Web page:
The Nexus Between Cyber Crime and Emerging Global Threats

The right to privacy must be balanced with the ability to fight cyber threats, says TF 7 Guest



Esther Shein
10/25/2018

cyber crime global threats

There are arguments to be made on both sides of the issue of right to individual privacy versus the right of governments to obtain data in the name of cybersecurity.

This was a focal point of Monday’s Task Force 7 Radio episode 53, with the host, the president and CEO of Taskforce 7 Radio and Task Force 7 Technologies, George Rettas.

Rettas’ guest was cyber security legal expert Adriana Sanford, and the topic was cyber security and global threats, especially in light of the evolving security landscape and the growing number of terror attacks over the last decade.

The conversation started with a discussion about the fact that New Zealand recently passed a law requiring travelers to reveal their device passwords, which Sanford called a “digital strip search.” Now, if you're a foreigner visiting New Zealand or even a citizen of that country, government authorities have a right to request not only your cell phone but any devices, along with the passwords, codes and encryption keys, she said.

If the information is not divulged it can result in a $3,000 fine, and “a huge concern" because of the fundamental right to privacy in many countries and a general concern for US citizens.

 

"If you're talking to somebody who believes in the fundamental basic human right of privacy, you're violating that right."

 

This will also be an issue in the European Union because European citizens are supposed to be protected wherever they go because they fall under the General Data Protection Regulation (GDPR).

In the U.S. there has been an “arrangement between the tech companies and the government that certain information could be disclosed to the users.” We are evidencing, however, that members of the  'Five Eyes Alliance’ (U.S., the U.K., Canada, New Zealand, and Australia) are revising their legislation. The alliance takes the stance that the personal data should accessible to regulators in order to confront international organized crime, terrorist financing, and terrorism, Sanford said.

Rettas commented that some of his previous guests on the show have come down in favor of privacy of the individual over the authority of the government to issue a warrant, or, induce the technology company to provide them with some type of backdoor assistance in obtaining access to that device. He asked Sanford where she stands on that issue.

She replied that it “depends on your values and it depends on your priorities. And different cultures will look at this differently. If you're talking to somebody who believes in the fundamental basic human right of privacy, you're violating that right.”

That has to be balanced with the fact that obtaining access to data is “a modern investigative technique,” if a government can prove that this is the best way to stamp out terrorism and organized crime, she added. A government’s stance on this will vary by country.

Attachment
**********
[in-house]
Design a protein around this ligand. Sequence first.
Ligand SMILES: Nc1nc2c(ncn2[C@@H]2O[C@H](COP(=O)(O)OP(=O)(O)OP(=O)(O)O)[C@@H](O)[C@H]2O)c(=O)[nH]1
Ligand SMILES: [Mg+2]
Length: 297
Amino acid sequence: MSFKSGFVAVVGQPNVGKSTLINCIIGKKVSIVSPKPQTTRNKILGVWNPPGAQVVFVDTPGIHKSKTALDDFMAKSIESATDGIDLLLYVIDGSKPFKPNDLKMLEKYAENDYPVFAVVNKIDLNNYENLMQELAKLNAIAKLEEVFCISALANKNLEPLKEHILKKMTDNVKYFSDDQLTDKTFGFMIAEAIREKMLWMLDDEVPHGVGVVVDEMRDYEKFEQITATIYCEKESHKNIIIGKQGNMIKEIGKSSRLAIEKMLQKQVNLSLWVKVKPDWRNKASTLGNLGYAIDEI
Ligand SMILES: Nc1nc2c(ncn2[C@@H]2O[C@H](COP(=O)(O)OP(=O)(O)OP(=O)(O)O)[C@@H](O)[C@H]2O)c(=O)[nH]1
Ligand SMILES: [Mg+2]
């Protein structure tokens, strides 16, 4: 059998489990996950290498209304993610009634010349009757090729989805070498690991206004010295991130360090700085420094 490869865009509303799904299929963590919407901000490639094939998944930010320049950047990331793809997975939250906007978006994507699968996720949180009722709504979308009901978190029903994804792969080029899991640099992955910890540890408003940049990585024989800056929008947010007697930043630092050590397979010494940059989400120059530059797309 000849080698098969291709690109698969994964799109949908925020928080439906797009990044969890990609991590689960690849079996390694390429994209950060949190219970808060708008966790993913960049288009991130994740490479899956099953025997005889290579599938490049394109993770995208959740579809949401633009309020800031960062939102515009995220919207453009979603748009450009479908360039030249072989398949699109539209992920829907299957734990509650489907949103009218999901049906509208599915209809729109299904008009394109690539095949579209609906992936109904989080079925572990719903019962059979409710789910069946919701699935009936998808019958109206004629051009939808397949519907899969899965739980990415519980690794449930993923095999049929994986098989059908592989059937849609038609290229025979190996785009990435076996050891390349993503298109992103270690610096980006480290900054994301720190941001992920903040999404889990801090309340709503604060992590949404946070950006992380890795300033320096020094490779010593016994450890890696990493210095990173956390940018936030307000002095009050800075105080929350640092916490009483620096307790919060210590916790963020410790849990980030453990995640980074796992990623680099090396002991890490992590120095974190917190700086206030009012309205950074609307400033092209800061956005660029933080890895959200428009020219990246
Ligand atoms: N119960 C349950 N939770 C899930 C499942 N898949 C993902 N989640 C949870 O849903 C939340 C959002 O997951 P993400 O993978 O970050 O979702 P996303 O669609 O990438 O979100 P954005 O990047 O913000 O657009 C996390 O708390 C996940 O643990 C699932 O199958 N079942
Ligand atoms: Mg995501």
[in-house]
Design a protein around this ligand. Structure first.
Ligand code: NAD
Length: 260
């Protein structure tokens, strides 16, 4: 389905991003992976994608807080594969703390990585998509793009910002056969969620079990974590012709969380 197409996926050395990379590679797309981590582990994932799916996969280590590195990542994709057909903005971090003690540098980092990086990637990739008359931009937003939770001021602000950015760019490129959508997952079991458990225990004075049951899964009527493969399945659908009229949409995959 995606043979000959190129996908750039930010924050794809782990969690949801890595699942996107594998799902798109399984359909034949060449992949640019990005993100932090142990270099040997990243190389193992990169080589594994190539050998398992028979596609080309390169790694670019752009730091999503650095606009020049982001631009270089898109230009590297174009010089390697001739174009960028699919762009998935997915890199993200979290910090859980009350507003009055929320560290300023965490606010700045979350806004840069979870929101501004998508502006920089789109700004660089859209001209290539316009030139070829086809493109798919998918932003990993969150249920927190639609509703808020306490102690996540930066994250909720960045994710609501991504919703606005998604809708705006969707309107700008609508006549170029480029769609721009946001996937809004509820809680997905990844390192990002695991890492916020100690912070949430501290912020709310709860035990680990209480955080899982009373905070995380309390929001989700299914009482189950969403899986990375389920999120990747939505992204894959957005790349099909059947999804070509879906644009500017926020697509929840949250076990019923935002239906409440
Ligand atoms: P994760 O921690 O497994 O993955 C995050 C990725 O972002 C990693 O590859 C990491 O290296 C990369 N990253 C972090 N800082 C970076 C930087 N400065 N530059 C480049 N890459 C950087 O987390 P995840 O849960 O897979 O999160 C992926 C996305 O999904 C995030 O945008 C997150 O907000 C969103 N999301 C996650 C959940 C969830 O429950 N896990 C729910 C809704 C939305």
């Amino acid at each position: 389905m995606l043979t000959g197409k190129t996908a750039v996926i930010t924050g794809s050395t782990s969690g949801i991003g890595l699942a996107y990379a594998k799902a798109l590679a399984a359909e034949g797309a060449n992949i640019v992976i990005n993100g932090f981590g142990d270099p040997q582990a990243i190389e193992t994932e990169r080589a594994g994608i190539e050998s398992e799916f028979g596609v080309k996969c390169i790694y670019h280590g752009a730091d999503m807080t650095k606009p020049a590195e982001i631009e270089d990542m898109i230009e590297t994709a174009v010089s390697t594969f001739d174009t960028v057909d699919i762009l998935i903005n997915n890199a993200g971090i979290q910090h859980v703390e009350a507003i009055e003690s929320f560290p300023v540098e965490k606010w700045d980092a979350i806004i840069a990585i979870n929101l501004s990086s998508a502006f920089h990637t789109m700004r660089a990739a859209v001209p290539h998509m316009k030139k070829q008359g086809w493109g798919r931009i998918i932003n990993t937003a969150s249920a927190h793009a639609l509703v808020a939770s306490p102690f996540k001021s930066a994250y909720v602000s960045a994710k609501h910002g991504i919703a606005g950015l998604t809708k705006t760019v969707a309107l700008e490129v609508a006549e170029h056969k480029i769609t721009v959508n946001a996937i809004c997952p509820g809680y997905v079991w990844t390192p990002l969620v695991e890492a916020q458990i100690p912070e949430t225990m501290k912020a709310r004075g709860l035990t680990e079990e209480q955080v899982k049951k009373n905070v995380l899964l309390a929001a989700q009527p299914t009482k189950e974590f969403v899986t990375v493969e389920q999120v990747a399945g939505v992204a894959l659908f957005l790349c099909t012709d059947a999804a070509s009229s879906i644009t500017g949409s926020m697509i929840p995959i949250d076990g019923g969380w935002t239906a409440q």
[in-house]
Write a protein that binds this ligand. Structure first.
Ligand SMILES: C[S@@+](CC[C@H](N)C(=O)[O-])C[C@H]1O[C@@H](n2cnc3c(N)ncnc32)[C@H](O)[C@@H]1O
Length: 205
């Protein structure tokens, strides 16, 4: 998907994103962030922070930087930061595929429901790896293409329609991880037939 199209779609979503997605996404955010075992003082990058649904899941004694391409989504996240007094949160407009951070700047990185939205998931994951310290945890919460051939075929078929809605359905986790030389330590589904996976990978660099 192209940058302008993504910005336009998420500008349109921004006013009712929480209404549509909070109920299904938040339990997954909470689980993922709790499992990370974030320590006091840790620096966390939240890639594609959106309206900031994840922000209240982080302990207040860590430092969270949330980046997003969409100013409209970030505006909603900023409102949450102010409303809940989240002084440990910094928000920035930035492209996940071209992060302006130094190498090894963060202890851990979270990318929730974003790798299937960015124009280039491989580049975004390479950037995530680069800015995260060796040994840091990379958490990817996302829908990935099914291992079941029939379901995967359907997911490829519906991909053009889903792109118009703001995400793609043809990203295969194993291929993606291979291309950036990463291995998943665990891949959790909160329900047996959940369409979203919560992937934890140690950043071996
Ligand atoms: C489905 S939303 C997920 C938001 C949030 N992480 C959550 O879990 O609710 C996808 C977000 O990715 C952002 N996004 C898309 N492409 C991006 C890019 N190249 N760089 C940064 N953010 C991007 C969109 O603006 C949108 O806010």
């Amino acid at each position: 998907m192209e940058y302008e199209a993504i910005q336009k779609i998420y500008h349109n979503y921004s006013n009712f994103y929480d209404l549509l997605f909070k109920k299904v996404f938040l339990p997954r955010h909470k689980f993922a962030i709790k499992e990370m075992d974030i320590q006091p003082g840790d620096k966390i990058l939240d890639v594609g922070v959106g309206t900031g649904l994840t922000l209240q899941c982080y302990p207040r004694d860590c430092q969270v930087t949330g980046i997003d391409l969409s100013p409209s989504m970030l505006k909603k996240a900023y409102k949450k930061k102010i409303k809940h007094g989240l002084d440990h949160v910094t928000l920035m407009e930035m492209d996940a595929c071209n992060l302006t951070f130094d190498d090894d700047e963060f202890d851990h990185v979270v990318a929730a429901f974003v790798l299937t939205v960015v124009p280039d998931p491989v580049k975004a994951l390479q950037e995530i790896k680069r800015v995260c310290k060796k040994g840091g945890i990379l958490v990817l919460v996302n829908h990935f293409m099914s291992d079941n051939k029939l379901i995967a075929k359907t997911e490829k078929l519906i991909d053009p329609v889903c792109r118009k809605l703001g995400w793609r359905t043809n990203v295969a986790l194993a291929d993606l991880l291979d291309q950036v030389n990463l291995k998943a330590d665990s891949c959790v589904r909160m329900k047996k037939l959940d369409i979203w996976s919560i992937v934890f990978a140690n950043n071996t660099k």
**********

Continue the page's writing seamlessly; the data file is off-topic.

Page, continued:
“Some of our allies actually do believe in a fundamental human right, and these are borderless crimes,’’ Sanford observed. “So in order for us to be successful, we need to be cooperating.”

If we don’t, it becomes very difficult to fight the cyber security battle.

Pay a ransom for data?

Both Rettas and Sanford agreed that it is challenging to find a balance between the right to privacy versus the ability to protect people and countries.

“I think the most important thing is, we need to figure out how to control our networks and how to engage the private sector, because right now the private sector has so many cyber attacks, and they're paying ransoms,’’ Sanford pointed out. Whereas terrorists used to finance their attacks through counterfeiting and charities, now they are turning to hijacking data. “This may now be the new space where terrorist financing starts to really, really develop, if it hasn't already.”

Rettas said that he’s noted before on the show that the FBI has advised people not to pay these ransoms, although companies sometimes do. The dilemma is that if small- to medium-sized companies have their data encrypted, and don’t pay a ransom to get it back that could cripple them and ultimately, put them out of business, he said.

On the flip side, though, companies don't know who they're giving the money to, so it could be terrorists, organized crime figure – all sorts of nefarious groups that are using that money toward anti-American interests, he added.

He asked Sanford what small companies have to be concerned about if they hire security firms that advise them to pay the ransom.

“I would say you have criminal liability if you're doing something like that,’’ she responded. “Because what's going to happen at the end of the day is if these are rogue states, or terrorists, or criminal networks, and you are giving money and you say, ‘Okay, well it was because it was a ransom...'" In the past, the Department of Justice and the Federal Communications Commission have penalized companies with major fines for this, she pointed out.

Small companies should not be paying a ransom when they don’t know who the money is going to, she emphasized. “It could undermine our economy, it could undermine our democracy, they could steal our intellectual property, there's so much that could happen, and our national security could be a stake. So, anybody who is advising someone to pay those ransoms rather than going to the government, that's really bad.”

Rettas said that in the short-term, maybe a company will get their data back, but in the long-term, paying a ransom affects their reputation and they run the risk of a class- action suit if they are publicly traded.

Mass surveillance, the GDPR and CCPA

In the show’s second segment, Rettas and Sanford turned to the topic of mass surveillance and the ongoing struggle in other countries compared to the U.S. Sanford said certain countries believe mass surveillance is probably one of the best ways of targeting terrorists and organized crime.

 

"Personal information under the CCPA includes browsing history, ads you've clicked on, and things that you added to your cart but have yet to purchase.”

 

With the GDPR in effect now, the U.S. is also mulling over another law that would have a significant impact on businesses because of its “extra-territorial reach” Rettas observed.

Sanford said this is the CCPA: the California Consumer Privacy Act, that will take effect in 2020. “That is a new and unique legislation here in the United States that deals with privacy … for California residents. Unlike the GDPR, which basically follows the EU citizens wherever they go, the CCPA only applies to those California residents.”